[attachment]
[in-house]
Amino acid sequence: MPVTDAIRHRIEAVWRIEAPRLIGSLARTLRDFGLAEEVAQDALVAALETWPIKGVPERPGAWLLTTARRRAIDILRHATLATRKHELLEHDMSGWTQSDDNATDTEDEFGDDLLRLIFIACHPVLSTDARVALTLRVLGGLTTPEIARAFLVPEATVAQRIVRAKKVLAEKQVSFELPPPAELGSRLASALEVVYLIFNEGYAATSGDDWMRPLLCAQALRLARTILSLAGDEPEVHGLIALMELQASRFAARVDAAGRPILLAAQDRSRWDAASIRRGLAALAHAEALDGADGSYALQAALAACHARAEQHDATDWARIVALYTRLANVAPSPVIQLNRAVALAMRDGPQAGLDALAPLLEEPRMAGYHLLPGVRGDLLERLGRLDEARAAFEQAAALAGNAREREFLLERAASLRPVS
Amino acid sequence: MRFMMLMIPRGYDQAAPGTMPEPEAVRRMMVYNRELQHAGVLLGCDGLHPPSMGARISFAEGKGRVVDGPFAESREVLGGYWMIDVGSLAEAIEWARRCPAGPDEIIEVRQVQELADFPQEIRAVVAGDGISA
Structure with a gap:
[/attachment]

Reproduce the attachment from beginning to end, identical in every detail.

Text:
[in-house]
Amino acid sequence: MPVTDAIRHRIEAVWRIEAPRLIGSLARTLRDFGLAEEVAQDALVAALETWPIKGVPERPGAWLLTTARRRAIDILRHATLATRKHELLEHDMSGWTQSDDNATDTEDEFGDDLLRLIFIACHPVLSTDARVALTLRVLGGLTTPEIARAFLVPEATVAQRIVRAKKVLAEKQVSFELPPPAELGSRLASALEVVYLIFNEGYAATSGDDWMRPLLCAQALRLARTILSLAGDEPEVHGLIALMELQASRFAARVDAAGRPILLAAQDRSRWDAASIRRGLAALAHAEALDGADGSYALQAALAACHARAEQHDATDWARIVALYTRLANVAPSPVIQLNRAVALAMRDGPQAGLDALAPLLEEPRMAGYHLLPGVRGDLLERLGRLDEARAAFEQAAALAGNAREREFLLERAASLRPVS
Amino acid sequence: MRFMMLMIPRGYDQAAPGTMPEPEAVRRMMVYNRELQHAGVLLGCDGLHPPSMGARISFAEGKGRVVDGPFAESREVLGGYWMIDVGSLAEAIEWARRCPAGPDEIIEVRQVQELADFPQEIRAVVAGDGISA
Structure with a gap: